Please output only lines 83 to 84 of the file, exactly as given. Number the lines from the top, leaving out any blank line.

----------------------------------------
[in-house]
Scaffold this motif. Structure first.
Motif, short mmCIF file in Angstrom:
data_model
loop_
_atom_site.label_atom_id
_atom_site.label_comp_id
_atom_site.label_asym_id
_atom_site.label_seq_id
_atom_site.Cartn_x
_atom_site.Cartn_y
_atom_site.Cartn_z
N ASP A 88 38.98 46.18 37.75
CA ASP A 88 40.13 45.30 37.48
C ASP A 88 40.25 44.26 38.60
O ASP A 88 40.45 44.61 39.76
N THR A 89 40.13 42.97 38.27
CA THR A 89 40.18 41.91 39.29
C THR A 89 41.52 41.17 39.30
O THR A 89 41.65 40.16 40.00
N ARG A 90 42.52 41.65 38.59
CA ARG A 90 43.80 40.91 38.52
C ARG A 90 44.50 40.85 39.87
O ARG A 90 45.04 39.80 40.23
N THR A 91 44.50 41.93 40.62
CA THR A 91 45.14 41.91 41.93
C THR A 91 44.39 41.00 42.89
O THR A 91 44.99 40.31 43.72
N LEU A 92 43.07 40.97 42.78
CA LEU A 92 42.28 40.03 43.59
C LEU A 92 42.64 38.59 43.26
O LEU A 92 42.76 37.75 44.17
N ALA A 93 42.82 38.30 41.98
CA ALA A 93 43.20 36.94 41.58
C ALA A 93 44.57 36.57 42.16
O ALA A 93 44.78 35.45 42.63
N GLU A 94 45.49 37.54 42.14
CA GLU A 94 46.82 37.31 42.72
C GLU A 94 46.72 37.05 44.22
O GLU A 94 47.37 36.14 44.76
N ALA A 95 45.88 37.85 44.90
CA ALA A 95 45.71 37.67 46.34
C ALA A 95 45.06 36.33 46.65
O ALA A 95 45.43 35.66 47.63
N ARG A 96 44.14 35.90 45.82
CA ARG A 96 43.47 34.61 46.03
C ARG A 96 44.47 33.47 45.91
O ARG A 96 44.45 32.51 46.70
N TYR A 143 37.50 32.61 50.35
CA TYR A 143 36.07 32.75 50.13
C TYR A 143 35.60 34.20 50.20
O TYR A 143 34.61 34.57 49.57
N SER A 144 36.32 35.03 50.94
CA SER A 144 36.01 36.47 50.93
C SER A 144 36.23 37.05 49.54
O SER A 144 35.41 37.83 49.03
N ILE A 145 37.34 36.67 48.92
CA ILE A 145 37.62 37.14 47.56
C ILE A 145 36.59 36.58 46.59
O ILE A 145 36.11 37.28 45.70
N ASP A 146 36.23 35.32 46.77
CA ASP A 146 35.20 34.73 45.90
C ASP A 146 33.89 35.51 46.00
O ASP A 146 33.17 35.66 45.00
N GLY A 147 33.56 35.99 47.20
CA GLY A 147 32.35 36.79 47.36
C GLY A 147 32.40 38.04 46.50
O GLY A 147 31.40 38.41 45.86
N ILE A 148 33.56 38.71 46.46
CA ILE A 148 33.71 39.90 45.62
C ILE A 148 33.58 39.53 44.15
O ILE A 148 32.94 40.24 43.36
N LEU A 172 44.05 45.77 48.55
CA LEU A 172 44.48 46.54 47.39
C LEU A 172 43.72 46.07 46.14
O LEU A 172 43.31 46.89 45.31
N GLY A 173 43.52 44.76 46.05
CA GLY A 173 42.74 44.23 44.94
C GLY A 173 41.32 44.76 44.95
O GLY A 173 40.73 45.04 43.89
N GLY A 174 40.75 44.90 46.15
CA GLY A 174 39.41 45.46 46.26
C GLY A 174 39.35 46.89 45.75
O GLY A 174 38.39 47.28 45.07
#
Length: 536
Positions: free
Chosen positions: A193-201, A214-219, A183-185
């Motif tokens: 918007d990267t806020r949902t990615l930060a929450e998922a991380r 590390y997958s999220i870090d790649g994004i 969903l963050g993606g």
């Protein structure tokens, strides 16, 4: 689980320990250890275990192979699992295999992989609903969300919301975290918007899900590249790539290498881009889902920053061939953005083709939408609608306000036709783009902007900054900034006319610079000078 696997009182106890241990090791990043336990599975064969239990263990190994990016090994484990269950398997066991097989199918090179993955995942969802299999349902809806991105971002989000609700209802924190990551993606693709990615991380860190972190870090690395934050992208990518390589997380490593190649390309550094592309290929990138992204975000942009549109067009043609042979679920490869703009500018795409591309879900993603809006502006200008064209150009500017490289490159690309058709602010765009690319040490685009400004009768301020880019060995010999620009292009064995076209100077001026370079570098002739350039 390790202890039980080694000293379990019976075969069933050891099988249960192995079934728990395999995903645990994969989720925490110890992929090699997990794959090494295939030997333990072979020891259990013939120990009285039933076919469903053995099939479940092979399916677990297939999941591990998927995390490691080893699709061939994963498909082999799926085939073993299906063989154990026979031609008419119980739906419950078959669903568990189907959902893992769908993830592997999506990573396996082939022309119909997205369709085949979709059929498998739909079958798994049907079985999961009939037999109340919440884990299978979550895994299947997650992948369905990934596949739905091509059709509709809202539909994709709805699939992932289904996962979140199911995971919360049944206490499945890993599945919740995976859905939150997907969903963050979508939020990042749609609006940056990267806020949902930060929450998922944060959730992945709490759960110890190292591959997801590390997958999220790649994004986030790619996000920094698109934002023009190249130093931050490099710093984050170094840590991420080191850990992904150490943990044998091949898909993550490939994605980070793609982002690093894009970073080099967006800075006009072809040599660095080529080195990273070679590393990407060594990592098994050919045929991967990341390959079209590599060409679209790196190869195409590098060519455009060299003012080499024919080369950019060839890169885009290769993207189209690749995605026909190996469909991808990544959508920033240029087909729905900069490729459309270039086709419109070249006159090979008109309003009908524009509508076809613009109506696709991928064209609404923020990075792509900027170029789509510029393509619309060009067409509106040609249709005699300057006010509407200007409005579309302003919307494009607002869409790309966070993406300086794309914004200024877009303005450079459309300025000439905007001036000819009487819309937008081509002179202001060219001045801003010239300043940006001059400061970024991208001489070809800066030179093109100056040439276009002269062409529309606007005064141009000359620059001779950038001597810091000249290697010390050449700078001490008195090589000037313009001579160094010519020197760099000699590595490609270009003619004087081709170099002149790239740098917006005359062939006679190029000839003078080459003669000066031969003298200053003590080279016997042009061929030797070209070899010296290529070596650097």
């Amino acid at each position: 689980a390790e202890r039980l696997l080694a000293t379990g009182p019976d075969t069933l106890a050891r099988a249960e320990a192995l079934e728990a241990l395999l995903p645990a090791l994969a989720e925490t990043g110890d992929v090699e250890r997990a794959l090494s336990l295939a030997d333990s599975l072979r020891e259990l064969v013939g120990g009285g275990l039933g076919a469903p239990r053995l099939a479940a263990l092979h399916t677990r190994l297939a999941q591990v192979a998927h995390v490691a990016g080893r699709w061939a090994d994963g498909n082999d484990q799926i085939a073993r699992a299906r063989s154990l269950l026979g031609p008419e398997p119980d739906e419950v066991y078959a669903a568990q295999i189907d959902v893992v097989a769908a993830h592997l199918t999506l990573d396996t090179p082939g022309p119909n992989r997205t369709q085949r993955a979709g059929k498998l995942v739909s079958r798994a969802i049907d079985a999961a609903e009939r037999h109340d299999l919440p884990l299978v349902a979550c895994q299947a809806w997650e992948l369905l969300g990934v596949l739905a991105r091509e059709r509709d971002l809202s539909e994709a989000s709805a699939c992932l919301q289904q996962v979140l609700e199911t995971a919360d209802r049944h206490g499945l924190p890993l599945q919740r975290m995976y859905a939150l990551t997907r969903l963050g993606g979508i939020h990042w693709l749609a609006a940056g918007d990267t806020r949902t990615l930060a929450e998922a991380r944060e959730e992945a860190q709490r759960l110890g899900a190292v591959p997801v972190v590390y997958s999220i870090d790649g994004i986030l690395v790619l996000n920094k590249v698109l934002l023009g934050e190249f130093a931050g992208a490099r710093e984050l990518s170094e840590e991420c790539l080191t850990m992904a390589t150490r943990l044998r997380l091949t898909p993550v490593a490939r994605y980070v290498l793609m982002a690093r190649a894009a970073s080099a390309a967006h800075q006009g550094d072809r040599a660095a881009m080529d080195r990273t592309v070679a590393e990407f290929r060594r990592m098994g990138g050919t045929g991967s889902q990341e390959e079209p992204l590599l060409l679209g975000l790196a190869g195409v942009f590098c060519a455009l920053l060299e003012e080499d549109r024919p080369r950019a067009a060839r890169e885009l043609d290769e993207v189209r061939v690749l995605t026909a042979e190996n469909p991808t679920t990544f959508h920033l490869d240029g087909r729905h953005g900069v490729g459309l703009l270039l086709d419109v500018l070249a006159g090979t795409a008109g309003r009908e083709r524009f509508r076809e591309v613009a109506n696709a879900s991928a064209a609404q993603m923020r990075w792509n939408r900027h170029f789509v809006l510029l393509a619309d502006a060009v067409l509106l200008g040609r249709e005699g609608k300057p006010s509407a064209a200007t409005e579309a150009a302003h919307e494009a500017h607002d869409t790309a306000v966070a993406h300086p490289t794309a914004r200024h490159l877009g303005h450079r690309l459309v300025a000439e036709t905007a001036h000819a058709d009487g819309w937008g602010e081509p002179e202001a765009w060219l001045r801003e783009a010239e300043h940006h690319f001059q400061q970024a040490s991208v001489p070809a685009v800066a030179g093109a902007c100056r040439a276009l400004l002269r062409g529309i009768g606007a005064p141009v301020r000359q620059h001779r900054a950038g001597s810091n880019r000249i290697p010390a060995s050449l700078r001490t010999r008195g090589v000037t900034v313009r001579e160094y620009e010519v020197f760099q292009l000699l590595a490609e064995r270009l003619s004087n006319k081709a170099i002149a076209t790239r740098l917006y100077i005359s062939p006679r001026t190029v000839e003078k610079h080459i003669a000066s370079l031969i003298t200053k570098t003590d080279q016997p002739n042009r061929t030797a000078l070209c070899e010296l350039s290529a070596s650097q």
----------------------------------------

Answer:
C GLY A 174 39.35 46.89 45.75
O GLY A 174 38.39 47.28 45.07